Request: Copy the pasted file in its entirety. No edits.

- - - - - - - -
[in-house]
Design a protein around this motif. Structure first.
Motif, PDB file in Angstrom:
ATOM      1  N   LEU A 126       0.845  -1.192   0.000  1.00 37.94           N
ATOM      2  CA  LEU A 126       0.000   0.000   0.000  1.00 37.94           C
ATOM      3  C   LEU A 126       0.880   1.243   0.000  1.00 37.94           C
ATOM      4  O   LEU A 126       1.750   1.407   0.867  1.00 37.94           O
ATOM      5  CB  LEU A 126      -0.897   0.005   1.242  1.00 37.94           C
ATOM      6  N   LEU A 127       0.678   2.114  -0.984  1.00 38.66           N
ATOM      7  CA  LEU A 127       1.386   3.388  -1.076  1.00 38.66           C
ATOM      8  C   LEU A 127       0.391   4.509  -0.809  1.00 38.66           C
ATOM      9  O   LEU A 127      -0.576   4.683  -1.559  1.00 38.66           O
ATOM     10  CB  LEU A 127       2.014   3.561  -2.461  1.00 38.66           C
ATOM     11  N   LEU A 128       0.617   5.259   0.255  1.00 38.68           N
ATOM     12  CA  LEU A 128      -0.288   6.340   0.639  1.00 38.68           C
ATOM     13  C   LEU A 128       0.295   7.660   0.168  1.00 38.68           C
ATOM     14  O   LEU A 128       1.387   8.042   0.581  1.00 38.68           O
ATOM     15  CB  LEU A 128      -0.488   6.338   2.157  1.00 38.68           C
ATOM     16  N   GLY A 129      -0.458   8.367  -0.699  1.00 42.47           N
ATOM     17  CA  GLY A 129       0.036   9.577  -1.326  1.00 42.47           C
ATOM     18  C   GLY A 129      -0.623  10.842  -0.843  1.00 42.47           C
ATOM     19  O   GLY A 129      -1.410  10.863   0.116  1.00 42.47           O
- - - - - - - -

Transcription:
[in-house]
Design a protein around this motif. Structure first.
Motif, PDB file in Angstrom:
ATOM      1  N   LEU A 126       0.845  -1.192   0.000  1.00 37.94           N
ATOM      2  CA  LEU A 126       0.000   0.000   0.000  1.00 37.94           C
ATOM      3  C   LEU A 126       0.880   1.243   0.000  1.00 37.94           C
ATOM      4  O   LEU A 126       1.750   1.407   0.867  1.00 37.94           O
ATOM      5  CB  LEU A 126      -0.897   0.005   1.242  1.00 37.94           C
ATOM      6  N   LEU A 127       0.678   2.114  -0.984  1.00 38.66           N
ATOM      7  CA  LEU A 127       1.386   3.388  -1.076  1.00 38.66           C
ATOM      8  C   LEU A 127       0.391   4.509  -0.809  1.00 38.66           C
ATOM      9  O   LEU A 127      -0.576   4.683  -1.559  1.00 38.66           O
ATOM     10  CB  LEU A 127       2.014   3.561  -2.461  1.00 38.66           C
ATOM     11  N   LEU A 128       0.617   5.259   0.255  1.00 38.68           N
ATOM     12  CA  LEU A 128      -0.288   6.340   0.639  1.00 38.68           C
ATOM     13  C   LEU A 128       0.295   7.660   0.168  1.00 38.68           C
ATOM     14  O   LEU A 128       1.387   8.042   0.581  1.00 38.68           O
ATOM     15  CB  LEU A 128      -0.488   6.338   2.157  1.00 38.68           C
ATOM     16  N   GLY A 129      -0.458   8.367  -0.699  1.00 42.47           N
ATOM     17  CA  GLY A 129       0.036   9.577  -1.326  1.00 42.47           C
ATOM     18  C   GLY A 129      -0.623  10.842  -0.843  1.00 42.47           C
ATOM     19  O   GLY A 129      -1.410  10.863   0.116  1.00 42.47           O